A member of the Executive board of the Lagos State Football Association, Mojeed Adegbide said that the decision by the Nigeria Football Federation to relieve Coach Stephen Keshi of the Super Eagles job did not come as a surprise to him, after a series of poor results by the national team.
“We all saw it coming,” he started. “Given the way the Super Eagles played against Sudan, even as we ended up winning 3-1, we were not comfortable.
“We cannot take that kind of attitude to Congo and think we can take anything from there. A stitch in time saves nine,” Adegbide said.
The Lagos FA member refused to attribute Super Eagles Afcon 2013 success to Keshi’s technical savvy.
“A lot of people feel the feat performed by the team in South Africa was sheer luck. And to a large extent, the team’s performances since then have given credence to those who hold that school of thought,” he said, adding, “it is funny to find this same team under the same technical crew that won the trophy in 2013, struggling in the 2015 qualifiers this way. Out of four matches they have only four points.” He said Keshi should go to those countries that he boasted wanted him. “Is it not embarrassing to see a World Cup coach, an Afcon champion working without a contract?. Let him go to those countries he has always said were waiting for him to say yes.”
Veteran Coach, Godfrey Esu said Keshi ‘dug his own grave’ with his style of management. “He allowed his Afcon success get the better of him,” Esu said.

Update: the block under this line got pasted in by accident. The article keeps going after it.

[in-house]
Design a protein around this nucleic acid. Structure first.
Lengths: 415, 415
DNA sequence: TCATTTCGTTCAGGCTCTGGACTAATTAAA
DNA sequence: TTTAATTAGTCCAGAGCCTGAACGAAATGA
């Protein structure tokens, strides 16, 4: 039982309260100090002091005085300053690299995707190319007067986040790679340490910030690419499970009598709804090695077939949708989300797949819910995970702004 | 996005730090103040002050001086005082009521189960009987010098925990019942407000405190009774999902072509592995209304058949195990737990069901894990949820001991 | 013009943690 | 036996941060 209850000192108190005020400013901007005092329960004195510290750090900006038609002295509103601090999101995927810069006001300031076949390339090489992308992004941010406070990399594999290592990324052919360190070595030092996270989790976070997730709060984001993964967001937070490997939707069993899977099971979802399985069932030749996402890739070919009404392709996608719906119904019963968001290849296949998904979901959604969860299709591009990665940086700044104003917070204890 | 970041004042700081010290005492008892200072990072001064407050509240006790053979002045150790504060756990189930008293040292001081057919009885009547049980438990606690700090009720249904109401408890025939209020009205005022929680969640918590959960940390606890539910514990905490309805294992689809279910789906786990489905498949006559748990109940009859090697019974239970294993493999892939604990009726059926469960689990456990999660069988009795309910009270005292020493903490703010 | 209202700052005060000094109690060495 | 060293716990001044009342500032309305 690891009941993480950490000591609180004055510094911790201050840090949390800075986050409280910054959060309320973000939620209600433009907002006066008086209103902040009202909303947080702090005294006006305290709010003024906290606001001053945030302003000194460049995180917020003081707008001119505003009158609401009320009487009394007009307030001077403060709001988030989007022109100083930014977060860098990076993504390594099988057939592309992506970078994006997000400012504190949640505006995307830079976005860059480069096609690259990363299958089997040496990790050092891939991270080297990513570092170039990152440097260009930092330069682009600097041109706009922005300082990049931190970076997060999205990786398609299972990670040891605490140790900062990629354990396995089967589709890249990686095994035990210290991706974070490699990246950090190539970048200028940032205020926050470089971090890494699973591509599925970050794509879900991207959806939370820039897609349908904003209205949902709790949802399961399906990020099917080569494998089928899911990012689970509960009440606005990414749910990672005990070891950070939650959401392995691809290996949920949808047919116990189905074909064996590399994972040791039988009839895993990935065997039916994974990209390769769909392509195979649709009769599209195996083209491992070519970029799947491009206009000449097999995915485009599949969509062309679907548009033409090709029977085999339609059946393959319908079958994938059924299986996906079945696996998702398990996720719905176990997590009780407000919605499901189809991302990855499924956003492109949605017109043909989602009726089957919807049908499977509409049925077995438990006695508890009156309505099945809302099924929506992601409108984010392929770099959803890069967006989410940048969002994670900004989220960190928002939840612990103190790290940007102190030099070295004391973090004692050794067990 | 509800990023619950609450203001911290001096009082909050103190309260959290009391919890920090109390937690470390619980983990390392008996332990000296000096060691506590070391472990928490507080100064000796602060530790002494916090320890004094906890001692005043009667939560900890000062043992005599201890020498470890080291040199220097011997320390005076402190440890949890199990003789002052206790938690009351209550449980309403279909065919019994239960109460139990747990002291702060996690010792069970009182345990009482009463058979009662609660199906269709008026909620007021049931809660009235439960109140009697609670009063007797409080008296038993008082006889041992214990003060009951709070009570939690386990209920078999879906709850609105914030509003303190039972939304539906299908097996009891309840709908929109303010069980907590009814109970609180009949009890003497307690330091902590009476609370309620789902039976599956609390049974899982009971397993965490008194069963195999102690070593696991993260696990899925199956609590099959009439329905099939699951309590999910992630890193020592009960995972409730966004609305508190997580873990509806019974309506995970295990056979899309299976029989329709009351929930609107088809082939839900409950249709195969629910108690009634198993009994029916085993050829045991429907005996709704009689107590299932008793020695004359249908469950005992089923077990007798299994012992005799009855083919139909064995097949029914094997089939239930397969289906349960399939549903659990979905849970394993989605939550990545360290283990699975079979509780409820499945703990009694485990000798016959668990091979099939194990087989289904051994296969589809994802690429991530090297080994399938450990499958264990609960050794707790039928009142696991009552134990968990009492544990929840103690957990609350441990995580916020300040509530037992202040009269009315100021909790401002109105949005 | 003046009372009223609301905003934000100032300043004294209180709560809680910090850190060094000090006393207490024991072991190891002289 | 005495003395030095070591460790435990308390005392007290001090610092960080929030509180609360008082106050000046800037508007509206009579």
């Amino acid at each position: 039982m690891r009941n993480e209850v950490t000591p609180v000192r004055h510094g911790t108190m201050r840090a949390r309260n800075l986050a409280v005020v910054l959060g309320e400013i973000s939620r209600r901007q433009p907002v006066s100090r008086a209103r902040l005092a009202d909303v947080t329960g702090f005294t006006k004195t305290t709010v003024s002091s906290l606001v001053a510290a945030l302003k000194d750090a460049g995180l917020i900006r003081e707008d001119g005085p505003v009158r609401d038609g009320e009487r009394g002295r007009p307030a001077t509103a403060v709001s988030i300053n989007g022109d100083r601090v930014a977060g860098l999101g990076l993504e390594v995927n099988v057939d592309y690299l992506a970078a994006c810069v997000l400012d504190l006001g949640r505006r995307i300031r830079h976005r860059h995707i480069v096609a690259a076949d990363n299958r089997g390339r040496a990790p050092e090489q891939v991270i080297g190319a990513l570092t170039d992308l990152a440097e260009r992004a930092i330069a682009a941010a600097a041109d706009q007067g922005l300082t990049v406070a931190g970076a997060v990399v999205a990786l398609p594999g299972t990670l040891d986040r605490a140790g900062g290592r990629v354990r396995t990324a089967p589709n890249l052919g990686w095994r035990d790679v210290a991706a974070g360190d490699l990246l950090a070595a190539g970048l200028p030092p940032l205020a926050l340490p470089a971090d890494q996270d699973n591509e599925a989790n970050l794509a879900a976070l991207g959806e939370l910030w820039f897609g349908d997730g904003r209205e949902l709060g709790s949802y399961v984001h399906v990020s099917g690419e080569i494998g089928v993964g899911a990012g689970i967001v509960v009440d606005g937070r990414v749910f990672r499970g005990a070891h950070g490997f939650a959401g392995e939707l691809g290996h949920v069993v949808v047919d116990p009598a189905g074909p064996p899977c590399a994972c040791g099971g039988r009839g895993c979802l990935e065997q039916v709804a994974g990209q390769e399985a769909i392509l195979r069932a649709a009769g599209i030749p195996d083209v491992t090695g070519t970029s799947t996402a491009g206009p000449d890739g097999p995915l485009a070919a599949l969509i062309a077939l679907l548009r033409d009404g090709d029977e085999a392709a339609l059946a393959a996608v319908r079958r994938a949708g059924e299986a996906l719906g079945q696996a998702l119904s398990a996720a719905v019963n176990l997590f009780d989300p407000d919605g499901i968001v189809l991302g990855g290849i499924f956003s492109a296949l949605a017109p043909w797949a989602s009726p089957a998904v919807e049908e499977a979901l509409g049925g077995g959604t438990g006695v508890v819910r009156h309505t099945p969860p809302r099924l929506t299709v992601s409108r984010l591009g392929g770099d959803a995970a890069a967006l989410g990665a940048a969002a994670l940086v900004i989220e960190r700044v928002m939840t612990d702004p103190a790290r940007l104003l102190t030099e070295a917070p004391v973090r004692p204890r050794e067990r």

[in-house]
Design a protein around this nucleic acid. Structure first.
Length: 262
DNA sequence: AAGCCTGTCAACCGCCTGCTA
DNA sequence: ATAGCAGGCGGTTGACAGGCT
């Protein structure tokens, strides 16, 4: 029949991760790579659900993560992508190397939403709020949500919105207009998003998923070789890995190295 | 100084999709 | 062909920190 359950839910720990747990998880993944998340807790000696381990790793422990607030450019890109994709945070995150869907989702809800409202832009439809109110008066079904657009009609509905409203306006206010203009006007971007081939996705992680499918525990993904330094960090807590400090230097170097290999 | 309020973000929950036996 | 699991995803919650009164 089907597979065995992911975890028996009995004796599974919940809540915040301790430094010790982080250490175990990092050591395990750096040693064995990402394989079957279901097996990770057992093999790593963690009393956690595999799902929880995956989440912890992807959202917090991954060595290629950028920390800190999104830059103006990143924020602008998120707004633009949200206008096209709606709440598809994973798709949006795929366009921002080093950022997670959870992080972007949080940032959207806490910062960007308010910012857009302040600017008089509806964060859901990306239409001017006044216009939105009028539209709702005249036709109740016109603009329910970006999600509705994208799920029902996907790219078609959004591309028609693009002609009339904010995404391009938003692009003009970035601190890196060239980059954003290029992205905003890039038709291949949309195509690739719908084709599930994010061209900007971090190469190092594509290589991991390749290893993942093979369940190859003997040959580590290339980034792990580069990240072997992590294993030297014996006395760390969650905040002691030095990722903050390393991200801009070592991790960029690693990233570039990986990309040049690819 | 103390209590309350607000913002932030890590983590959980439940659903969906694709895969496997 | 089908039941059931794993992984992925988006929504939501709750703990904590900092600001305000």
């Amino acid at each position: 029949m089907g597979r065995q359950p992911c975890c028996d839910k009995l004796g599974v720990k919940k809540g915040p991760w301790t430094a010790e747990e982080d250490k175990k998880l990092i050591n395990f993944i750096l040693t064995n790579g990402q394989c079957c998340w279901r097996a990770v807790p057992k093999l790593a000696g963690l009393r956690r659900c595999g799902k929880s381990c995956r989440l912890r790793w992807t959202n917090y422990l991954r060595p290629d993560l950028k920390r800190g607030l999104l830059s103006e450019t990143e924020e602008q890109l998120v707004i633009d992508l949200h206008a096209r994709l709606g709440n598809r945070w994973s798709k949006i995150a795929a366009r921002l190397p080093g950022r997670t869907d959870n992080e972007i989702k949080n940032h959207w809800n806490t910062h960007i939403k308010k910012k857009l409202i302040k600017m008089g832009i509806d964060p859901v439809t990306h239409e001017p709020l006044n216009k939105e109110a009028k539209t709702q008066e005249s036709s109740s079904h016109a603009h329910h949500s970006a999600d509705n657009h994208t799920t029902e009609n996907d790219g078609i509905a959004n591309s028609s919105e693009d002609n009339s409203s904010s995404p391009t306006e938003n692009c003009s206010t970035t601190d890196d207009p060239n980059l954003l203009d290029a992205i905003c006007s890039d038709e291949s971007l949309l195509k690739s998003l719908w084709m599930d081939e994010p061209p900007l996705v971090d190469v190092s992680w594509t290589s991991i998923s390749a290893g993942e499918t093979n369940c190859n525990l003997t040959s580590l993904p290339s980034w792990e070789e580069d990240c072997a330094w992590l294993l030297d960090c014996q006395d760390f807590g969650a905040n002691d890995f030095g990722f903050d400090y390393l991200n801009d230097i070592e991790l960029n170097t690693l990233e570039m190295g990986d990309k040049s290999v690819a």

He accused Keshi of being selfish and said the disengaged Super Eagles caretaker coach was far behind the times in modern management. “In modern football, you don’t work alone. At that national level you work with a team behind you…a team that will be advising you. Some coaches work with very strong public relations people and aides who go about monitoring players all around the world for you. There is no way you do it alone. I think Keshi was selfish.”
Esu looked at the appointment of Amodu Shaibu on an interim basis and observed that “Amodu is not a new man. He has been active and knows the terrain. He has been following the national team and even went to Brazil with them.”
General Manager of Super Sport Felix Awogu would not shed a tear for Keshi but pointed out that the problem with Nigerian football would not end with Keshi’s sack. “No, it is not about Keshi because there are a lot of deep rooted issues in the team.
“Siasia came in and ended up the same way, The same scenario, because we heard of some players that were preferred at the expense of others; the same thing we saw under Keshi. Until our coaches are held to defend their choice of players invited for team selection the problem will remain. Our coaches run a system of exclusion in the national team and it is not good for our football.”
He frowned at the choice of Coach Shaibu Amodu because according to him, the nationa deserves an apology from Amodu. “He should make a public apology over his avowed rejection of home-based players.
“As a stake holder in Nigerian football, I am not comfortable with Amodu who openly said there were no good players in the Nigerian league.”
Awogu said Nigeria needs a coach with a big heart. A coach who would not allow himself to be tossed around. “We need the best coach, from anywhere, local or foreign, black or white.”